I recommend everyone switch to Firefox. Google is only going to get creepier. I finally made the switch to Firefox recently and couldn’t be much happier. I only wish Firefox had a SSB (site-specific browser) feature like Chrome does, as I still have “apps” based on Chrome.

                    1. 7

                      Yep that or Brave are great options. My only gripe with Firefox is how slow the Google suite is (forced to use it because of work). Perhaps it’s just my experience but Google Meet / Sheets / etc. are noticeably worse on Firefox.

                      I doubt this is a fault with Firefox, though.

                      1. 9

                        You should probably read lobste.rs’s experience with Brave before recommending it: https://github.com/lobsters/lobsters/issues/761, https://github.com/lobsters/lobsters-ansible/issues/45

                        I wouldn’t be comfortable using Brave. I would prefer Firefox, or, if absolutely necessary, something like Ungoogled Cromium.

                        1. 2

                          I’m not super psyched about Brave.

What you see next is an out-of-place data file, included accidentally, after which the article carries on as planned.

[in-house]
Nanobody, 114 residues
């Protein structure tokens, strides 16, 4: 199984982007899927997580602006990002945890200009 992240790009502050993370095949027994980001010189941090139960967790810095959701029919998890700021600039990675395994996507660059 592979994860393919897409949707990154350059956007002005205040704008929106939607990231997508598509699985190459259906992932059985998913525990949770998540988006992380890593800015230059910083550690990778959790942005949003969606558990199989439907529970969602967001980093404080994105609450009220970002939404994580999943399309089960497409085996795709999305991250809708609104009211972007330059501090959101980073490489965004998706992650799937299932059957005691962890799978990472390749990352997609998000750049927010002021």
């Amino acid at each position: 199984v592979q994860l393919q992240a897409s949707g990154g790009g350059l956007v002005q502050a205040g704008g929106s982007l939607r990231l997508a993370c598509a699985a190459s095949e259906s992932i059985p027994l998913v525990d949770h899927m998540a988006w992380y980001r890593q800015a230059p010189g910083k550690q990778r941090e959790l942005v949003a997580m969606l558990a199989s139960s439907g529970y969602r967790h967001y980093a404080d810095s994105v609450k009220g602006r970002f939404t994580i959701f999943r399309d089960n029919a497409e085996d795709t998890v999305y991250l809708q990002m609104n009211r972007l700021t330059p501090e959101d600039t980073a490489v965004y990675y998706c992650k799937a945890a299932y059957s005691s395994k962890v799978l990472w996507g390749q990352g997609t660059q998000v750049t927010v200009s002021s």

I turned to Epichrome to make SSBs now that I’m not using Chrome and I’m not sure if I’m happy using it because it depends on Brave.

                          1. 1

                            If you’re on a Mac, I was always very happy with Fluid to make SSBs.

                          2. 1

                            Thanks for sharing… didn’t know about either of these; I’ll pass it along to people I know as well, that’s a little scummy…

                        2. 4

                          Or the Chromium-based Brave which has better privacy by default than Firefox, and you get to use all the Chrome extensions. It has a built-in adblocker, and supports (unlike Chrome/ Firefox) peer-to-peer encrypted sync of passwords, bookmarks, etc. without involving server-side storage.

                          1. 18

                            So Brave themselves can monetise their users? They haven’t been transparent in the past. Firefox has all of Chrome’s features and a lower memory footprint.

                            1. 11

                              Hell, this actually affected Lobsters too.

                              1. 6

                                Wow, I had a low opinion of them, but that’s much worse than I thought. Spoofing other browsers’ user agents explicitly to avoid detection? Scraping the names and photos of site creators to make it look like you’re paying the site creators directly, and pocketing the money? Modifying the content of the website to add affiliate codes to URLs?